It will be appreciated, therefore, that the hardware blocks are powered down by removing from them the system clock signal. In this respect, it will be appreciated that most power consumption arises as a result of clock transitions. The output of the counter can be used easily to control whether or not the system clock signal is provided to the respective hardware block. Hardware blocks can include at least one of a timer, a UART, an SPI, an SDIO, a tuner, a demodulator, a filter and an MPE-FEC.

The timer provides an indication of the system time and allows configuring alarms to go off after a pre-determined amount of time. The UART [Universal Asynchronous Receiver/Transmitter] is a standard serial communication data link, used in the DVB-H receiver to trace logs of activities to e.g. a computer for debugging purposes. The SPI [Serial Peripheral Interface] is a standard synchronous communication data link, used to inter-connect devices such as integrated circuits, used in the DVB-H receiver to communication with and be controlled by a host application processor (i.e. receiver commands and send responses including command results). The SDIO [Secure Digital Input/Output] is a standard for connecting accessory devices to a host application processor, used in the DVB-H receiver as a possible alternative to SPI. The tuner is an analog integrated circuit used to extract and isolate a specific radio frequency channel in the frequency spectrum and convert it down to base band (i.e. bring the carrier frequency to 0 Hz). The demodulator is a digital integrated circuit used to demodulate a DVB-H signal. The filter is a digital integrated circuit used to extract specific packets of data, identified among other things by their packet ID (PID) and table id, as a subset of and from an MPEG-2 transport stream. The MPE-FEC [Multi-Protocol Encapsulation—Forward Error Correction] is standard way of encapsulating any kind of data (e.g. IP packets in the case of DVB-H) within an MPEG-2 transport stream. FEC is a method that includes encapsulating extra codes in the MPEG-2 transport stream, at the transmitter side, and using these codes at the receiver side to detect and correct transmission errors in the MPE data.

The system may be provided as a demodulator, for instance, as an interchangeable module such as an integrated circuit. Similarly, the system may be provided in a digital television receiver, for instance as a demodulator within that receiver. Preferably, the demodulator and/or receiver conforms to the DVB-H standards.

The present invention also provides a computer program for conducting the process as described. A computer program, such as an application program interface may be provided for use in a device driver as described.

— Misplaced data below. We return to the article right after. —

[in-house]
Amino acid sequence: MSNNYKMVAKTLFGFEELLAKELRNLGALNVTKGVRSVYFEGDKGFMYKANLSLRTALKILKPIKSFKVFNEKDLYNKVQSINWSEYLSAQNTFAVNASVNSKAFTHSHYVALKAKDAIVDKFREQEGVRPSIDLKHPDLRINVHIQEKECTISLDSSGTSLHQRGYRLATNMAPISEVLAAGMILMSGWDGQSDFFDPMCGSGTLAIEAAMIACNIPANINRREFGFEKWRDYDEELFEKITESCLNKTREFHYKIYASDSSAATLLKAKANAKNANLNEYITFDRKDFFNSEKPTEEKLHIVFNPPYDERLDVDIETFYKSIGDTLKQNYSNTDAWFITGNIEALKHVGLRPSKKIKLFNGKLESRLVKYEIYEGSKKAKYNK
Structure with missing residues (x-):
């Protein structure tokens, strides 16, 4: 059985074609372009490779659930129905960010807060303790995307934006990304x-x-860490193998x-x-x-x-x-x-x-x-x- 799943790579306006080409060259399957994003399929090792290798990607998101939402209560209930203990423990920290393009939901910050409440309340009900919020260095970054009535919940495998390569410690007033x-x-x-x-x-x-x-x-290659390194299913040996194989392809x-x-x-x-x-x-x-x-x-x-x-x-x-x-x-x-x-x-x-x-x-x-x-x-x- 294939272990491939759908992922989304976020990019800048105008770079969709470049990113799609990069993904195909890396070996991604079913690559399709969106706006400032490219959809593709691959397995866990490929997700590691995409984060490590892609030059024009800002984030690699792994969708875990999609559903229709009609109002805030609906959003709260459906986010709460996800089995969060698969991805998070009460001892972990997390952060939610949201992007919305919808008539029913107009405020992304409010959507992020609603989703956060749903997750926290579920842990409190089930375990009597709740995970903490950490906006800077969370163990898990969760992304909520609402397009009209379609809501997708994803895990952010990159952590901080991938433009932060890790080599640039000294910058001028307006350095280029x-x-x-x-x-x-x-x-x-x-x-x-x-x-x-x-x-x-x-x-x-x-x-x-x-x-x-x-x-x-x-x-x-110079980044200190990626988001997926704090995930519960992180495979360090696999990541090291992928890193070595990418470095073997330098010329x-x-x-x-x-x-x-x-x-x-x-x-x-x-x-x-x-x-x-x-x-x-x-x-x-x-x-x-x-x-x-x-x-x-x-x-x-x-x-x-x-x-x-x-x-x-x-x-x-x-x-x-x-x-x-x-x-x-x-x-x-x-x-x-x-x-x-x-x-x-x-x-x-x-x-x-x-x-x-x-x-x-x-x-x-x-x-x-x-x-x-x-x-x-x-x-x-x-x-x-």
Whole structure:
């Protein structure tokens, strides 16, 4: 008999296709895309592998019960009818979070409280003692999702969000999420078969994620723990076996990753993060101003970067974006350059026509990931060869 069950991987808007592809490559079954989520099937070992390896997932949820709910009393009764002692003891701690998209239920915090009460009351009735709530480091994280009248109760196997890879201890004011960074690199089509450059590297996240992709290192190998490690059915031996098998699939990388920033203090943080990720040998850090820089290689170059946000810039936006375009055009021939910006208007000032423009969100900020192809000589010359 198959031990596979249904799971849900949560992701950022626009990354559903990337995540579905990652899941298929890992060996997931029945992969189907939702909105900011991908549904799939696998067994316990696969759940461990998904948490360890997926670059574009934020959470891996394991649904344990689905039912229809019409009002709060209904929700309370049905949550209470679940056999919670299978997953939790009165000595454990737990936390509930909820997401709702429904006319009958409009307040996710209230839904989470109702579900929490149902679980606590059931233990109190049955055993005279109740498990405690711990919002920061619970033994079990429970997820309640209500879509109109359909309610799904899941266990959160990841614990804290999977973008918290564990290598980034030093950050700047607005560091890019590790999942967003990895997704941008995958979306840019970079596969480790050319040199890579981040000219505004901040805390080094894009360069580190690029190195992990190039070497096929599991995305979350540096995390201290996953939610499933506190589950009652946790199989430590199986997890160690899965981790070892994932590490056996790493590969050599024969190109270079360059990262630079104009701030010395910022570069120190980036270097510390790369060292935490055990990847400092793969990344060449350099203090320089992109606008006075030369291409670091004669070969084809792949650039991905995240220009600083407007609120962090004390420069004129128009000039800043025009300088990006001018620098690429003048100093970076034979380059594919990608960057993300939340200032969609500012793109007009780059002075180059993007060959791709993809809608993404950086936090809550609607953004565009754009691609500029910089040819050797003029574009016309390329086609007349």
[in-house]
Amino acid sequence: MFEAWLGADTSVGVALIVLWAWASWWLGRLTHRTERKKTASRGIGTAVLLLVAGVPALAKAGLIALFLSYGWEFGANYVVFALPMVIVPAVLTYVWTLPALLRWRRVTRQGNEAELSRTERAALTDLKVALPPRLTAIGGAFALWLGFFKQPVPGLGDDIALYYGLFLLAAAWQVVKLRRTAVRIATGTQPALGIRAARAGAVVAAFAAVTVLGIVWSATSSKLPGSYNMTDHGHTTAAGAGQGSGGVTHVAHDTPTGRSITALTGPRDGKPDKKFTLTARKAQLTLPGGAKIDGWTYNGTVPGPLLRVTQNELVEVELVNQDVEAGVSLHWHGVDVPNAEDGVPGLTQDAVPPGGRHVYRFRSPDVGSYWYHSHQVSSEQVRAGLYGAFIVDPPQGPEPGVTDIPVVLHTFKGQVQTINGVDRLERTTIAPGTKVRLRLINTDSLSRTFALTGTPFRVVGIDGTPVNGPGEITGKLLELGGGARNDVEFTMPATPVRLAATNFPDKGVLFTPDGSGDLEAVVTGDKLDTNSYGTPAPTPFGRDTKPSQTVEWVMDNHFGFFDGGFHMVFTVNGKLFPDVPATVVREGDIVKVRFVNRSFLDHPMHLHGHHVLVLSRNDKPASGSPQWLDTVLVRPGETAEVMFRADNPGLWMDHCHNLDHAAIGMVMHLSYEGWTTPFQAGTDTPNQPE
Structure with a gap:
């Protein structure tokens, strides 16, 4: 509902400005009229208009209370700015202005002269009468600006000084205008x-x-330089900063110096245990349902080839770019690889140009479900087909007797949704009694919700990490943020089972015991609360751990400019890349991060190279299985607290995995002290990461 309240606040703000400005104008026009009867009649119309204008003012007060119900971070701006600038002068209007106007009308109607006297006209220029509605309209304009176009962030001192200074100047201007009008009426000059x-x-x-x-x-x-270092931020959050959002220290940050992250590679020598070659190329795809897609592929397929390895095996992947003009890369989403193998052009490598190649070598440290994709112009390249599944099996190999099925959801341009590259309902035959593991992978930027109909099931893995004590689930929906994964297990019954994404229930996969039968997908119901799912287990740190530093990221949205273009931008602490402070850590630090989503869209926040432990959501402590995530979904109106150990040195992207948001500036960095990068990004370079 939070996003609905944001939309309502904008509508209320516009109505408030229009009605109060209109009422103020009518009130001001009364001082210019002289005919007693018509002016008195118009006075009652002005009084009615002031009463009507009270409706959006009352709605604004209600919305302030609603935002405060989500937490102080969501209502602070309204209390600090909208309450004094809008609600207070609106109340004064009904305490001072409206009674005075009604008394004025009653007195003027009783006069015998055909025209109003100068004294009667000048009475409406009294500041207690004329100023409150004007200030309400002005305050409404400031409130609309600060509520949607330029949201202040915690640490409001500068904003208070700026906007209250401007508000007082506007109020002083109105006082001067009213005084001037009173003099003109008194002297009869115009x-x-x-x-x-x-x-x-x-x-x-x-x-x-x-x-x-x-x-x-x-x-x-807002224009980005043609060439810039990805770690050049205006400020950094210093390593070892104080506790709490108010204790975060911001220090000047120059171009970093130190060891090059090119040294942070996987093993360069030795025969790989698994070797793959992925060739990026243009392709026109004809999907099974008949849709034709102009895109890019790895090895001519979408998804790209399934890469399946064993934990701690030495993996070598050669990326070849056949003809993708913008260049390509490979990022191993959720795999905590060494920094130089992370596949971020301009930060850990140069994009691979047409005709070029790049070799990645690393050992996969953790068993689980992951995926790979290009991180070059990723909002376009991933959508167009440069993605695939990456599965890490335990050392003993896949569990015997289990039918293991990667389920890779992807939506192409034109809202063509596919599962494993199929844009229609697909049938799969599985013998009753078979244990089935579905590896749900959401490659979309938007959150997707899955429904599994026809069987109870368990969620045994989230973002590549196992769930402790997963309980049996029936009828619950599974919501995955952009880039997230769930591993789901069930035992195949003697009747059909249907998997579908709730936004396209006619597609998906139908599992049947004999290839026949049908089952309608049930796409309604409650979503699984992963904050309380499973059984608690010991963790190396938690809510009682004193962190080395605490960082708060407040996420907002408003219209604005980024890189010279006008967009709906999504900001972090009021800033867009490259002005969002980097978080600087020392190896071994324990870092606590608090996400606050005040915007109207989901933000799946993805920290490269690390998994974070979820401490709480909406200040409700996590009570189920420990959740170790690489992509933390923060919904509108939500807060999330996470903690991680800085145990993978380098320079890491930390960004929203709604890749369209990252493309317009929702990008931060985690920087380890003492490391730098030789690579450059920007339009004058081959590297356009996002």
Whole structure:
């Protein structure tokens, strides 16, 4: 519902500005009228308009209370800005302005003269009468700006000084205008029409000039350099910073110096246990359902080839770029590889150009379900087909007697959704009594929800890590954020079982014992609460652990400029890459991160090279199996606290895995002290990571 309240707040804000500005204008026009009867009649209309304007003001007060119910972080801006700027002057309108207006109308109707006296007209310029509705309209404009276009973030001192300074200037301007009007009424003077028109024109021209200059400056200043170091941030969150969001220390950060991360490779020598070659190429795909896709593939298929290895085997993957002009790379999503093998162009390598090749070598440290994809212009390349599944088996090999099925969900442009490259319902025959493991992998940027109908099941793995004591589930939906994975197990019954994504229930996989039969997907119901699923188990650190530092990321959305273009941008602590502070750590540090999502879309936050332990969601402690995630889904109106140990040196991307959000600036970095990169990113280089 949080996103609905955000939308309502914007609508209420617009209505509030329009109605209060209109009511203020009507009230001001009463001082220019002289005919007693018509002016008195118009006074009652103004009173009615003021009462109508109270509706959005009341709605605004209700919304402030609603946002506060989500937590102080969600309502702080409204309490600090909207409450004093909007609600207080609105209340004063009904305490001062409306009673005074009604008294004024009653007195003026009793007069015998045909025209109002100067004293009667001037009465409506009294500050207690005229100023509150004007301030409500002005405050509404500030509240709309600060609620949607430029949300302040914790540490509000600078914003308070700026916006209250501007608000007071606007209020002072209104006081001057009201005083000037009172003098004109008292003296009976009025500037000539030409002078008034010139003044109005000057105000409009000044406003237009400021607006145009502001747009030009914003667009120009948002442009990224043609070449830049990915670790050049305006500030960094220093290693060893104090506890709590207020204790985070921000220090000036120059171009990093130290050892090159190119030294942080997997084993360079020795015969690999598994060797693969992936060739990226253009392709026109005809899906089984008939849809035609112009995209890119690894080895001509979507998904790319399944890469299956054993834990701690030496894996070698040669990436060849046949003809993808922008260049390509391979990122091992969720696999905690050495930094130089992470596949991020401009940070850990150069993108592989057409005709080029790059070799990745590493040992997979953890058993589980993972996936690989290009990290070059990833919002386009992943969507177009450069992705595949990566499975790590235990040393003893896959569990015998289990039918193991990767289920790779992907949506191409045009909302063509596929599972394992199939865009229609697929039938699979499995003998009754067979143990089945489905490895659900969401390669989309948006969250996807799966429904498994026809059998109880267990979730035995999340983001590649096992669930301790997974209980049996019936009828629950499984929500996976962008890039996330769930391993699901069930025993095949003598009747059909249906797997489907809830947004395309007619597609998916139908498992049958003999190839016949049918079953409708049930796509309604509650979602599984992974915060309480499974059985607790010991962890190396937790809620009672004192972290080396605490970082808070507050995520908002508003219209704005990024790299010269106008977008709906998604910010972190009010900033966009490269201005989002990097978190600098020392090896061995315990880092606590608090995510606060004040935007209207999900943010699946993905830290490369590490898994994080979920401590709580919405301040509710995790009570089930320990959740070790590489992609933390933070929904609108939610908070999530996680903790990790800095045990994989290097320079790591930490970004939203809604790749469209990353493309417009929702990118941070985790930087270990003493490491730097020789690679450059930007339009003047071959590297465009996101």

The invention will be more clearly understood from the following description, given by way of example only, with reference to the accompanying drawings, in which:

FIG. 1 illustrates an example of a device in which the present invention may be embodied;

FIG. 2 illustrates schematically a system embodying the present invention;

FIG. 3 provides an alternative schematic illustration of an embodiment of the present application;

FIG. 4 illustrates a reset process for the arrangement of FIG. 3;

FIG. 5 illustrates an abort process for the arrangement of FIG. 3;

FIG. 6 illustrates schematically an example of tasks, services and device drivers operated in the arrangement of FIG. 3;

FIG. 7 illustrates schematically a device driver;

FIG. 8 illustrates schematically power control of hardware devices;

FIG. 9 illustrates various power up and down states;

FIG. 10 illustrates the arrangement of FIG. 6 with additional time slicer tasks; and

FIG. 11 illustrates relative priority of various tasks.

The present invention is intended for use in a mobile television receiver (2), for instance a mobile telephone device (2) as illustrated in FIG. 1. Such a mobile television receiver may function according to the DVB-H (Digital Video Broadcast-Handheld) standards used in Europe.

The illustrated receiver (2) includes a display (4) for displaying received television program images and a user interface (6), for instance including a plurality of keys (8), allowing a user to operate or control the receiver (2). Audio reproduction of the audio part of a received television program may be provided to the user for instance by means of a pair of headphones (10).

FIG. 2 illustrates schematically parts of the receiver (2) used in receiving digital television signals.

In the illustrated embodiment, the receiver (2) includes its own application processor or host (12) which can be used to operate television functions of the receiver (2) as well as other functions, such as telephone operations where the receiver (2) is operable also as a telephone. In this respect, the application processor (12) can include a variety of middleware (14) and associated memories for storing such middleware.

Also as illustrated, the receiver (2) includes a module (16) specifically configured to handle the television functions. The module (16) could be made and sold separately and provided for use in a number of different receivers. Although not illustrated the module (16) is configured to output video data for display on the display (4) and audio data for reproduction by the headphones (10). Control of the module (16), for instance changing television channels, can be achieved by means of the application processor (12) under the control of the user interface (6).

An aerial (18) is provided for receiving a number of television signals modulated on a variety of radio frequency carriers.